With all things food-related, the effect on health can vary by the amount consumed in one given sitting. Chocolate does act as a stimulant, as does most sugary products, as it contains a slight amount of caffeine, as well as theobromine. Excessive consumption of chocolate can also result in weight gain, and potentially acne (especially in men), although these characteristics really only are visible is someone is over-consuming at an worry-some pace. Eating chocolate every day in moderation, combined with a healthy diet otherwise, will not yield these negative traits however. Personally I eat a few squares worth of chocolate almost every day, but are not seeing any negative effects. Chocolate addiction, however, is questionable in studies, although it is extremely common to experience chocolate cravings (almost like a withdrawal), leading the the signature term, “chocoholic.”
The heart is also not as affected by chocolate as one may initially suppose. Some tests support a short-term effect of lowering blood pressure by consuming cocoa products (the higher the cocoa content, the more visible the results), although there is no proven indication of long-term cardiovascular health benefits solely from consuming cocoa products. There is also no direct indication nor evidence that chocolate alone can effect heart attacks or stroke.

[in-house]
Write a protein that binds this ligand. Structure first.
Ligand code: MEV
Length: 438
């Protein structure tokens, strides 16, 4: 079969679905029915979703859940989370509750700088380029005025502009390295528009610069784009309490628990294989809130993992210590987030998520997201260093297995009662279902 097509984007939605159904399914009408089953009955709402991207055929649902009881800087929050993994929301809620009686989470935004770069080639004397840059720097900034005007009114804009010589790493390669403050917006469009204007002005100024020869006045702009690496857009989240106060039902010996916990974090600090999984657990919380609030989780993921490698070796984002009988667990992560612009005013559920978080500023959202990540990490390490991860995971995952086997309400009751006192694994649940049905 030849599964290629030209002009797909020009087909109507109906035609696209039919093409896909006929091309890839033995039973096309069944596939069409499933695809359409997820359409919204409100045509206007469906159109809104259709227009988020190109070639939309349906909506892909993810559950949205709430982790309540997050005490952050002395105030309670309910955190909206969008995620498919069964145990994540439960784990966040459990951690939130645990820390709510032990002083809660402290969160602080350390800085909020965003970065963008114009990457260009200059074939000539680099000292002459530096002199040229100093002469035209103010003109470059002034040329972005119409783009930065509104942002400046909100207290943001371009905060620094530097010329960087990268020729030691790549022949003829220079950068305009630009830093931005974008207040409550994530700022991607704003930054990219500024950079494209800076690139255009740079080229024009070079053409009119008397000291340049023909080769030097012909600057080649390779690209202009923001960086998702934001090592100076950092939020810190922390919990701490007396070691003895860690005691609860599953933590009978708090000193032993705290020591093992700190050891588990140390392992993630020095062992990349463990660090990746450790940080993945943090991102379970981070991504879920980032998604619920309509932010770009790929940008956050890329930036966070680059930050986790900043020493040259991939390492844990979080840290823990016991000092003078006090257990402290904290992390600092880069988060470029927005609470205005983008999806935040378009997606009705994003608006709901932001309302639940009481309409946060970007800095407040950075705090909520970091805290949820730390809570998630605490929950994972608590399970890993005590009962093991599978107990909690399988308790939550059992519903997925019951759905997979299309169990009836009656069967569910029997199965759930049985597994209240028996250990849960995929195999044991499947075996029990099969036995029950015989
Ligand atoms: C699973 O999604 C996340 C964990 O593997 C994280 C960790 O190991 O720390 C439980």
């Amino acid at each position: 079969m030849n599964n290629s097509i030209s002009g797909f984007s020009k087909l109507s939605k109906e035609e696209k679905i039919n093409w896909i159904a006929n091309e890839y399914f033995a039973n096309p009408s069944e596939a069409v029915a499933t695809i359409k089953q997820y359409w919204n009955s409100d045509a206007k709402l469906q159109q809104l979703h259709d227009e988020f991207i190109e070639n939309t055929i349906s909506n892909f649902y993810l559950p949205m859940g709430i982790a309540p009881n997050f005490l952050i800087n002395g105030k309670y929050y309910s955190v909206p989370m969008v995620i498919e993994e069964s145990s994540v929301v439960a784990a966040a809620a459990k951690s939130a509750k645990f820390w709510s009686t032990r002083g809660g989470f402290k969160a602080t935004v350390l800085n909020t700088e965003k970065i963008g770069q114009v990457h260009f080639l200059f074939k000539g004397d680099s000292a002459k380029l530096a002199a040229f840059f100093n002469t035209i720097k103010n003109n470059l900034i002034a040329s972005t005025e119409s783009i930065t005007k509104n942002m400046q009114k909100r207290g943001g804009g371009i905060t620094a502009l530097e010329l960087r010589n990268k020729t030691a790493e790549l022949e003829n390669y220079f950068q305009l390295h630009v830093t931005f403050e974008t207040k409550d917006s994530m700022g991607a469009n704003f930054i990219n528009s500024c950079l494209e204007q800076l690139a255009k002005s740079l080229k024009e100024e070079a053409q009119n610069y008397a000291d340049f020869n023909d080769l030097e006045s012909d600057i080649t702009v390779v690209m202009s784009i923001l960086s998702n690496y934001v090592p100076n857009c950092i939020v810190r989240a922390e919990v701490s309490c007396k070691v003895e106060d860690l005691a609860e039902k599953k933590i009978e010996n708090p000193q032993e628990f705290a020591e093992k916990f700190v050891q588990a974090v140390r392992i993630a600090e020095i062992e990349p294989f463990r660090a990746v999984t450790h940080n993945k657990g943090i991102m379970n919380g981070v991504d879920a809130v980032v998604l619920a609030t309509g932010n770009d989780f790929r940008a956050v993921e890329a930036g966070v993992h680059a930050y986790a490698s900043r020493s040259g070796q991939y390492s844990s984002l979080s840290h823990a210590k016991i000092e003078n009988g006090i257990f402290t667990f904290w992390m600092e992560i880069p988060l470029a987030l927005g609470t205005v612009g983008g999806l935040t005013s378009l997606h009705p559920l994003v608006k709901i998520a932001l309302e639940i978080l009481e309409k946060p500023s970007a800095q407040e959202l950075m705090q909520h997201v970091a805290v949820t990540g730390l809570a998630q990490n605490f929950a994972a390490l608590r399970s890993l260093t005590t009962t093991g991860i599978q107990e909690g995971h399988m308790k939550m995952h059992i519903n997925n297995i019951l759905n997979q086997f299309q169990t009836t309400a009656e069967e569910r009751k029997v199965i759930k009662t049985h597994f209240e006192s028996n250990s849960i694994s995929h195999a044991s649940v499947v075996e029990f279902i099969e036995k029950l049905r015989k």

Another area for debate is chocolate’s aphrodisiac characteristics – there has not been a rigorous study to prove this, but traditionally chocolate is gifted for romantic occasions, which results in tendencies to relate this treat with such characteristics.
Fleming, Nic. (2018). The dark truth about chocolate. The Observer.
Skarnulis, Leanna. (2013). The Chocoholic’s Survival Guide.
If you are interested in more of the chemical-makeup, you can view some composition characteristics below.
|Type of chocolate||Total phenolics (mg/100g)||Flavonoids (mg/100g)||Theobromine (mg/100g)|